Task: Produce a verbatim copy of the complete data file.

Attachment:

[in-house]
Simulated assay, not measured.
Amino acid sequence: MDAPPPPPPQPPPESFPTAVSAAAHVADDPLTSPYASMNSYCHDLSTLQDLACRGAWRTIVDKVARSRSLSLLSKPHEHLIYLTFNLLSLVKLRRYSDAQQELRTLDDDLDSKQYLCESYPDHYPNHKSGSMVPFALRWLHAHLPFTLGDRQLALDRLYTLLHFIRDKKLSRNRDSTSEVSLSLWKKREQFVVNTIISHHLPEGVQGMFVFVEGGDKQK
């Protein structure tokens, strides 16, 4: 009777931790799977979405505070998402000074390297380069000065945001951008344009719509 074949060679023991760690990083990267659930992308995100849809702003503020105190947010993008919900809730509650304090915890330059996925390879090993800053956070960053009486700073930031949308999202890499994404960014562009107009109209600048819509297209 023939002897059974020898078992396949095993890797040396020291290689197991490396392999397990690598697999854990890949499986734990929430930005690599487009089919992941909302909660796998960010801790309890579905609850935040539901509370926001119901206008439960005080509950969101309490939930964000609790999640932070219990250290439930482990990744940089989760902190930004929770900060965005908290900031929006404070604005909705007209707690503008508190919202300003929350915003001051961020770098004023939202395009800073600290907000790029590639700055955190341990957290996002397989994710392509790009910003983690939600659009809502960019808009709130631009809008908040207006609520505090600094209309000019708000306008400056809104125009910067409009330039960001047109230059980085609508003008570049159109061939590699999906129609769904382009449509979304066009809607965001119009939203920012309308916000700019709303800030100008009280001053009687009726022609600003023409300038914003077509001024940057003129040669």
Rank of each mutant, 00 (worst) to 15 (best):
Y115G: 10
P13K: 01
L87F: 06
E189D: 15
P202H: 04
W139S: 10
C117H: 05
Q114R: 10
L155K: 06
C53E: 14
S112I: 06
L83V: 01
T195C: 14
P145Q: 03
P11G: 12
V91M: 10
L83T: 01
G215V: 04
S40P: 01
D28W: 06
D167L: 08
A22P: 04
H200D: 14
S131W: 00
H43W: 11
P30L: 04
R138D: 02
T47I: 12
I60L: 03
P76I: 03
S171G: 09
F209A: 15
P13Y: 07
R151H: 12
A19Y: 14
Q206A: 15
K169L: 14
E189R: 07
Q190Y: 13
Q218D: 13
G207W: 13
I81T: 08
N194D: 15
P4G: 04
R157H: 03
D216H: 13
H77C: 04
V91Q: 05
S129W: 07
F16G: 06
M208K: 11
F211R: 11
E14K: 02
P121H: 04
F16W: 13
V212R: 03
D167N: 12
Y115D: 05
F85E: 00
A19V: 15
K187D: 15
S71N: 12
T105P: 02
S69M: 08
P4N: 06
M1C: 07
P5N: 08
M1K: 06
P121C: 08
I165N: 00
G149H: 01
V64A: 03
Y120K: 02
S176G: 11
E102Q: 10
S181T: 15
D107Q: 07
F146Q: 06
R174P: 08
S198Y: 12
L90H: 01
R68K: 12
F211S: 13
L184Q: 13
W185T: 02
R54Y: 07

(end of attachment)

[in-house]
Simulated assay, not measured.
Amino acid sequence: MDAPPPPPPQPPPESFPTAVSAAAHVADDPLTSPYASMNSYCHDLSTLQDLACRGAWRTIVDKVARSRSLSLLSKPHEHLIYLTFNLLSLVKLRRYSDAQQELRTLDDDLDSKQYLCESYPDHYPNHKSGSMVPFALRWLHAHLPFTLGDRQLALDRLYTLLHFIRDKKLSRNRDSTSEVSLSLWKKREQFVVNTIISHHLPEGVQGMFVFVEGGDKQK
């Protein structure tokens, strides 16, 4: 009777931790799977979405505070998402000074390297380069000065945001951008344009719509 074949060679023991760690990083990267659930992308995100849809702003503020105190947010993008919900809730509650304090915890330059996925390879090993800053956070960053009486700073930031949308999202890499994404960014562009107009109209600048819509297209 023939002897059974020898078992396949095993890797040396020291290689197991490396392999397990690598697999854990890949499986734990929430930005690599487009089919992941909302909660796998960010801790309890579905609850935040539901509370926001119901206008439960005080509950969101309490939930964000609790999640932070219990250290439930482990990744940089989760902190930004929770900060965005908290900031929006404070604005909705007209707690503008508190919202300003929350915003001051961020770098004023939202395009800073600290907000790029590639700055955190341990957290996002397989994710392509790009910003983690939600659009809502960019808009709130631009809008908040207006609520505090600094209309000019708000306008400056809104125009910067409009330039960001047109230059980085609508003008570049159109061939590699999906129609769904382009449509979304066009809607965001119009939203920012309308916000700019709303800030100008009280001053009687009726022609600003023409300038914003077509001024940057003129040669």
Rank of each mutant, 00 (worst) to 15 (best):
Y115G: 10
P13K: 01
L87F: 06
E189D: 15
P202H: 04
W139S: 10
C117H: 05
Q114R: 10
L155K: 06
C53E: 14
S112I: 06
L83V: 01
T195C: 14
P145Q: 03
P11G: 12
V91M: 10
L83T: 01
G215V: 04
S40P: 01
D28W: 06
D167L: 08
A22P: 04
H200D: 14
S131W: 00
H43W: 11
P30L: 04
R138D: 02
T47I: 12
I60L: 03
P76I: 03
S171G: 09
F209A: 15
P13Y: 07
R151H: 12
A19Y: 14
Q206A: 15
K169L: 14
E189R: 07
Q190Y: 13
Q218D: 13
G207W: 13
I81T: 08
N194D: 15
P4G: 04
R157H: 03
D216H: 13
H77C: 04
V91Q: 05
S129W: 07
F16G: 06
M208K: 11
F211R: 11
E14K: 02
P121H: 04
F16W: 13
V212R: 03
D167N: 12
Y115D: 05
F85E: 00
A19V: 15
K187D: 15
S71N: 12
T105P: 02
S69M: 08
P4N: 06
M1C: 07
P5N: 08
M1K: 06
P121C: 08
I165N: 00
G149H: 01
V64A: 03
Y120K: 02
S176G: 11
E102Q: 10
S181T: 15
D107Q: 07
F146Q: 06
R174P: 08
S198Y: 12
L90H: 01
R68K: 12
F211S: 13
L184Q: 13
W185T: 02
R54Y: 07